A Look At Simple Update Protocol (SUP)

The increasingly popular FriendFeed is proposing a new protocol known as Simple Update Protocol (SUP). The problem FriendFeed is encountering is noting new. They monitor a RSS feeds over a variety of services for each user. This can really add up. To keep things timely they poll them frequently. Generally speaking this is a very wasteful process since the majority of those feeds likely didn’t change. That’s wasted resources. SUP in a nutshell is a changelog for feeds so that a service like FriendFeed can check only the ones that changed. This allows for quicker updates with less polling. Here’s my analysis of the proposal.

Gripes:

  • I’m not sure I agree with the authors decision to use JSON as the format. Considering this will be used mostly (if not only) to keep tabs on xml documents (RSS, ATOM mostly) it seems more correct to use XML. Presumably the reason for JSON is that it’s computationally easier to parse. The NYTimes created a database abstraction layer called DBSlayer that uses JSON rather than a binary protocol to avoid the need for a client. The advantage of JSON over xml is JSON is easy to parse, and I agree. JSON also tends to be lighter since you don’t have opening and closing tags surrounding all your data. Still, why introduce JSON to XML world?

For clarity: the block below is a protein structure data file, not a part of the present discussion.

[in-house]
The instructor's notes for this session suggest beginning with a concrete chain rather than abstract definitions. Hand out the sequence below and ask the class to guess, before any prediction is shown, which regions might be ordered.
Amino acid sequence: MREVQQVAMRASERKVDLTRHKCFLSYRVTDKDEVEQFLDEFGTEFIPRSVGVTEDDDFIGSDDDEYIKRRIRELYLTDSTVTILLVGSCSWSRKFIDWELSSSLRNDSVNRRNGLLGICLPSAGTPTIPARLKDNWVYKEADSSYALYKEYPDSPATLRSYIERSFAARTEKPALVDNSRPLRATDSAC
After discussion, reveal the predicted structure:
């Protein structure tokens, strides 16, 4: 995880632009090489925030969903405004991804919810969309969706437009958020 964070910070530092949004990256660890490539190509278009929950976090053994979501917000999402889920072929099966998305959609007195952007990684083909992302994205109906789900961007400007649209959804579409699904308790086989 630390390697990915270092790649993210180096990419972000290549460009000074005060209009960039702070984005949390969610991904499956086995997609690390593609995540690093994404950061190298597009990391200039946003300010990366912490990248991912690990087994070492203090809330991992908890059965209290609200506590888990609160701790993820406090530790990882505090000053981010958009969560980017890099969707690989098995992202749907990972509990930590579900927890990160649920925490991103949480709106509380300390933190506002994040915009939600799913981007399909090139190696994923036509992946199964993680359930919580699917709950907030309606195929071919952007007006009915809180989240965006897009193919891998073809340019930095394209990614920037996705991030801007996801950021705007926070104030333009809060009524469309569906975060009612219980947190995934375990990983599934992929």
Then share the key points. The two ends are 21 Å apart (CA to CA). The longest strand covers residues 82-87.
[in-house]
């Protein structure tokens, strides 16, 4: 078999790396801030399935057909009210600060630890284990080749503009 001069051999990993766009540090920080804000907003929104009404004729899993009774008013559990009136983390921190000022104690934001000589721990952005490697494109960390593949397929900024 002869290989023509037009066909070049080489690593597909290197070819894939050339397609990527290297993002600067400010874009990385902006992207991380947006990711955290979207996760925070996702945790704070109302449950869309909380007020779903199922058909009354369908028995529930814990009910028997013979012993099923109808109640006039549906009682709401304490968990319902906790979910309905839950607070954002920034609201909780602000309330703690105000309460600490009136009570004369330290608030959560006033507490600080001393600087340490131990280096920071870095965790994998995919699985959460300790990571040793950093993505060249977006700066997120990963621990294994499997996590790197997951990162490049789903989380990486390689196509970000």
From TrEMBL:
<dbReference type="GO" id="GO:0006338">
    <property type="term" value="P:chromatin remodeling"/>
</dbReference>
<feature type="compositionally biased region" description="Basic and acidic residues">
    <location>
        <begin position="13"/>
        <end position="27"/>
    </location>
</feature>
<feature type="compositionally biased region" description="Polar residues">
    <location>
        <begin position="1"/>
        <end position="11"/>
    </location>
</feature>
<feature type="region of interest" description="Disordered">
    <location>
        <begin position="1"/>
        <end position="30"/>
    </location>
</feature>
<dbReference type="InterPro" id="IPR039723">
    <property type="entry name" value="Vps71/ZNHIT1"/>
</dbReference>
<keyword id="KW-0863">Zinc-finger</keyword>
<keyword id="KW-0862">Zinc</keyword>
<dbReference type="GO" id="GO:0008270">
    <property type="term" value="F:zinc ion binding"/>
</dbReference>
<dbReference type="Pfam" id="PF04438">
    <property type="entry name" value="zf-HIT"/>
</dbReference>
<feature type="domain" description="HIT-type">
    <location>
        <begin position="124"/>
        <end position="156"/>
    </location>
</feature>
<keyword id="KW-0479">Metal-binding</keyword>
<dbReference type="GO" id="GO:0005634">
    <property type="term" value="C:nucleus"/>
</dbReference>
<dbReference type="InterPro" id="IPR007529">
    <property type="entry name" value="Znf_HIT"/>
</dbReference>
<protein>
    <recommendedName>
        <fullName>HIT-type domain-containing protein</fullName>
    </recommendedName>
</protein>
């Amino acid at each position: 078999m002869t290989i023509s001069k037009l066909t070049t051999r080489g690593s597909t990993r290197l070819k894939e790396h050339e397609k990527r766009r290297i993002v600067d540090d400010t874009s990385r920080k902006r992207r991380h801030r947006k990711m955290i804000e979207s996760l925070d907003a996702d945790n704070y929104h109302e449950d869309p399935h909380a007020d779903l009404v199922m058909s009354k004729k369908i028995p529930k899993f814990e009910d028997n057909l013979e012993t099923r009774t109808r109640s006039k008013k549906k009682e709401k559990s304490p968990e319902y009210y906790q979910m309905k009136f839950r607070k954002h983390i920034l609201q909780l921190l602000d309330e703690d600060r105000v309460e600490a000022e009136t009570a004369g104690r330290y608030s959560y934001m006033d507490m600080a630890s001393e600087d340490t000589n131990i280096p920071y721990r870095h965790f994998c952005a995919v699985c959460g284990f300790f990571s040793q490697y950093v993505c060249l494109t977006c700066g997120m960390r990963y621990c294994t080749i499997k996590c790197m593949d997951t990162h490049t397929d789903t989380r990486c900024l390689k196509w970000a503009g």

• SUP needs index files. Google made a great move with it’s Sitemaps Protocol by allowing for Sitemap Indexes. Essentially it’s a bootstrap that lists several index files. Google further restricted that a Sitemap shall contain no more than 50,000 items and be no larger than 10MB. For a very popular site such as Facebook the SUP feed could become painful to parse as 1 file. Having a SUP Index would be much better. I’d essentially copy Google’s design and rules regarding size, I think they work rather well.
  • SUP should allow for both using SUP-IDs or RSS URL’s. SUP could be more useful if it were an index of all RSS feeds in some cases. Having that option in the protocol would make sense and future proof. I’m sure Google wouldn’t mind it.

Likes:

  • Unlike using XMPP which can be tough for a startup to implement (look at Twitter). HTTP is “native” and obvious. It also allows for using things like Gzip encoding to cut down on bandwidth and all other nice things that HTTP allows for. It’s also firewall friendly, something that TCP based solutions often aren’t. XMPP can also be very resource intensive, a supplemental feed really isn’t.
  • Would cut down on unnecessary feed polling. As noted by FriendFeed they would still need to poll, but the interval would be significantly higher resulting in less requests.

It’s important to note the difference in computational resources “requests”, “bandwidth”, and “CPU”. It seems a lot of people commenting on the proposal have confused them. This proposal would reduce requests and bandwidth and CPU provided enough consumers supported SUP.